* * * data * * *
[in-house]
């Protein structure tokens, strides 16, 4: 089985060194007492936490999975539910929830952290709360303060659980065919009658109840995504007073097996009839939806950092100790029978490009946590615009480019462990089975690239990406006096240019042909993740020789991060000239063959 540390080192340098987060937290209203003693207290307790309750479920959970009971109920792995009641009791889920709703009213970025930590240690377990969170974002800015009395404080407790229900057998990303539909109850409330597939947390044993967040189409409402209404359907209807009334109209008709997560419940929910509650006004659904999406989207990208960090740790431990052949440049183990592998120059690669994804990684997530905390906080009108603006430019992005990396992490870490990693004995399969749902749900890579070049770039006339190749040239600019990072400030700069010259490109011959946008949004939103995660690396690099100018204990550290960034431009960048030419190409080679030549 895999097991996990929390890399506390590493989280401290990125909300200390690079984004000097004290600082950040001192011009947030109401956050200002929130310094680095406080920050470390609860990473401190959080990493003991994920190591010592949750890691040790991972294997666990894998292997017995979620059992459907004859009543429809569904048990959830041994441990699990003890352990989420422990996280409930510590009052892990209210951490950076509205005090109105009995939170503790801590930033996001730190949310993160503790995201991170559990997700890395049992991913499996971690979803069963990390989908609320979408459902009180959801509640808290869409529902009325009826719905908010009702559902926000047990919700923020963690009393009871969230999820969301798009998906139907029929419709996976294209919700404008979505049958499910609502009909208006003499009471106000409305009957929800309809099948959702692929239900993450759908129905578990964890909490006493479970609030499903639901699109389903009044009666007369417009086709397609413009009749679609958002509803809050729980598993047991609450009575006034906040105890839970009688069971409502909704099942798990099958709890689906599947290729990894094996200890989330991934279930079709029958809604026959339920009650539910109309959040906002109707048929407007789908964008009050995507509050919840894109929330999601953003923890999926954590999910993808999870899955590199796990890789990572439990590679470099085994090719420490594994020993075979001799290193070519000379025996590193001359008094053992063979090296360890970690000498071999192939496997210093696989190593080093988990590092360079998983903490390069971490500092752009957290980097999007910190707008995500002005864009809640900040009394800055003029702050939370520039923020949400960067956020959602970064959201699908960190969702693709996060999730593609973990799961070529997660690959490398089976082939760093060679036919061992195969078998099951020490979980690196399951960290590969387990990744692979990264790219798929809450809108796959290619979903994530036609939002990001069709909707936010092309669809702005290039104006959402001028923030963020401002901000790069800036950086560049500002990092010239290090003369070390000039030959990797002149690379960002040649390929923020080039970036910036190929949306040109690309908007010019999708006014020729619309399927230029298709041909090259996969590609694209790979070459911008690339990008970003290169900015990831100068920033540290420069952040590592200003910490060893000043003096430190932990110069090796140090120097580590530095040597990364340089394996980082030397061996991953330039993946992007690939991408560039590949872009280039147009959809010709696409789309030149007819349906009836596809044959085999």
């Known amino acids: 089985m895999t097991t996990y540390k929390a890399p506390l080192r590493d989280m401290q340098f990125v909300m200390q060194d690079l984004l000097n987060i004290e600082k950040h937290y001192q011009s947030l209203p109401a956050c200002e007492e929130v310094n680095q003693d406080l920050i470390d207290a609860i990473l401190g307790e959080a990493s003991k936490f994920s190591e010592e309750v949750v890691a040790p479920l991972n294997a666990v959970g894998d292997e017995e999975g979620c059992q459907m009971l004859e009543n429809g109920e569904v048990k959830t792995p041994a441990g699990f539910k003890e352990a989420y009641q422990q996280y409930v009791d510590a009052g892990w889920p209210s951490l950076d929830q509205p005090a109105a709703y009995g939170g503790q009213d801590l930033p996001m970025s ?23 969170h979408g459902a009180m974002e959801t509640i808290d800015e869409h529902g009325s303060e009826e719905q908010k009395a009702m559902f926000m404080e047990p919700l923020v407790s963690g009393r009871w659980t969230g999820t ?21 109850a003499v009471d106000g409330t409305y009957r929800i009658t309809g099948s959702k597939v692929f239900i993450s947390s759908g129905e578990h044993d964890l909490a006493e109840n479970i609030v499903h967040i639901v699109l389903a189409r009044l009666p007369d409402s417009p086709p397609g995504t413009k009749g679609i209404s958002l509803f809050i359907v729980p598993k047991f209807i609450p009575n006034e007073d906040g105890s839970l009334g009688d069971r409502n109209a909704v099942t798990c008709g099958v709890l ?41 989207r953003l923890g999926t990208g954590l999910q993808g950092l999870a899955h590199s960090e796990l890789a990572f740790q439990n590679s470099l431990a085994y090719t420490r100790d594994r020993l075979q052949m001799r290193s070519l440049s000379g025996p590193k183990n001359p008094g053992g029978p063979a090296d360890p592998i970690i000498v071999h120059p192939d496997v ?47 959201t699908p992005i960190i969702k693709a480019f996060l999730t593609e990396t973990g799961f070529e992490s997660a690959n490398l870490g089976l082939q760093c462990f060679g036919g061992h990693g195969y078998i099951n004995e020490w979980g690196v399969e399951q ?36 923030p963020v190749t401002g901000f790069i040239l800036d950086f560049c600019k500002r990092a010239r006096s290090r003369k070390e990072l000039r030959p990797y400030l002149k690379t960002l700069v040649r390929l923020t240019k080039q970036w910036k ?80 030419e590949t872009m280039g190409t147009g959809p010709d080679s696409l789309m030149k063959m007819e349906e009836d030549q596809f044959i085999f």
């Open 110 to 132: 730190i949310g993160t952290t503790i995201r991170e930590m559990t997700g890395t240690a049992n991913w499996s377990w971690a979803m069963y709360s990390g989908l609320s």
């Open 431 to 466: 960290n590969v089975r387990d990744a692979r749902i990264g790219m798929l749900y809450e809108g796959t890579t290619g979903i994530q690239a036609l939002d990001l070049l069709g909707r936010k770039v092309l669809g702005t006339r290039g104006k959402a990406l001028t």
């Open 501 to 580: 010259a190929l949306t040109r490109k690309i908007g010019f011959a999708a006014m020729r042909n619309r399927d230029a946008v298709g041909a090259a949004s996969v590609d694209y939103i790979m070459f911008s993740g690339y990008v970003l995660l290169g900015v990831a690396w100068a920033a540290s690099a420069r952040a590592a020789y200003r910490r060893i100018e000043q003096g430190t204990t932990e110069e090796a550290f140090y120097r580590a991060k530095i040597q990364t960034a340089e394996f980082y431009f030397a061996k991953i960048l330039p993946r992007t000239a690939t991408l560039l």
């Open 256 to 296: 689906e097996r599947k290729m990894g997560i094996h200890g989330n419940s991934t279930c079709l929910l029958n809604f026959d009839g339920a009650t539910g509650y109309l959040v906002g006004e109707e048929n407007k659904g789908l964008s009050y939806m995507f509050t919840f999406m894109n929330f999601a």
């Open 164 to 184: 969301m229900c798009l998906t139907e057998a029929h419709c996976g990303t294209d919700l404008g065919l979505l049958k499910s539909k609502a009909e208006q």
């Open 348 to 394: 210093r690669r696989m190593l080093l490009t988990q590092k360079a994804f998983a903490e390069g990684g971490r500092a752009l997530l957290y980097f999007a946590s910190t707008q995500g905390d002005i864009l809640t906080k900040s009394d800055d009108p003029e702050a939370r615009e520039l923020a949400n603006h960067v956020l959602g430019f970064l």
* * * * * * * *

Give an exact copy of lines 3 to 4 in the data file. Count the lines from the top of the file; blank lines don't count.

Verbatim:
């Known amino acids: 089985m895999t097991t996990y540390k929390a890399p506390l080192r590493d989280m401290q340098f990125v909300m200390q060194d690079l984004l000097n987060i004290e600082k950040h937290y001192q011009s947030l209203p109401a956050c200002e007492e929130v310094n680095q003693d406080l920050i470390d207290a609860i990473l401190g307790e959080a990493s003991k936490f994920s190591e010592e309750v949750v890691a040790p479920l991972n294997a666990v959970g894998d292997e017995e999975g979620c059992q459907m009971l004859e009543n429809g109920e569904v048990k959830t792995p041994a441990g699990f539910k003890e352990a989420y009641q422990q996280y409930v009791d510590a009052g892990w889920p209210s951490l950076d929830q509205p005090a109105a709703y009995g939170g503790q009213d801590l930033p996001m970025s ?23 969170h979408g459902a009180m974002e959801t509640i808290d800015e869409h529902g009325s303060e009826e719905q908010k009395a009702m559902f926000m404080e047990p919700l923020v407790s963690g009393r009871w659980t969230g999820t ?21 109850a003499v009471d106000g409330t409305y009957r929800i009658t309809g099948s959702k597939v692929f239900i993450s947390s759908g129905e578990h044993d964890l909490a006493e109840n479970i609030v499903h967040i639901v699109l389903a189409r009044l009666p007369d409402s417009p086709p397609g995504t413009k009749g679609i209404s958002l509803f809050i359907v729980p598993k047991f209807i609450p009575n006034e007073d906040g105890s839970l009334g009688d069971r409502n109209a909704v099942t798990c008709g099958v709890l ?41 989207r953003l923890g999926t990208g954590l999910q993808g950092l999870a899955h590199s960090e796990l890789a990572f740790q439990n590679s470099l431990a085994y090719t420490r100790d594994r020993l075979q052949m001799r290193s070519l440049s000379g025996p590193k183990n001359p008094g053992g029978p063979a090296d360890p592998i970690i000498v071999h120059p192939d496997v ?47 959201t699908p992005i960190i969702k693709a480019f996060l999730t593609e990396t973990g799961f070529e992490s997660a690959n490398l870490g089976l082939q760093c462990f060679g036919g061992h990693g195969y078998i099951n004995e020490w979980g690196v399969e399951q ?36 923030p963020v190749t401002g901000f790069i040239l800036d950086f560049c600019k500002r990092a010239r006096s290090r003369k070390e990072l000039r030959p990797y400030l002149k690379t960002l700069v040649r390929l923020t240019k080039q970036w910036k ?80 030419e590949t872009m280039g190409t147009g959809p010709d080679s696409l789309m030149k063959m007819e349906e009836d030549q596809f044959i085999f």
């Open 110 to 132: 730190i949310g993160t952290t503790i995201r991170e930590m559990t997700g890395t240690a049992n991913w499996s377990w971690a979803m069963y709360s990390g989908l609320s």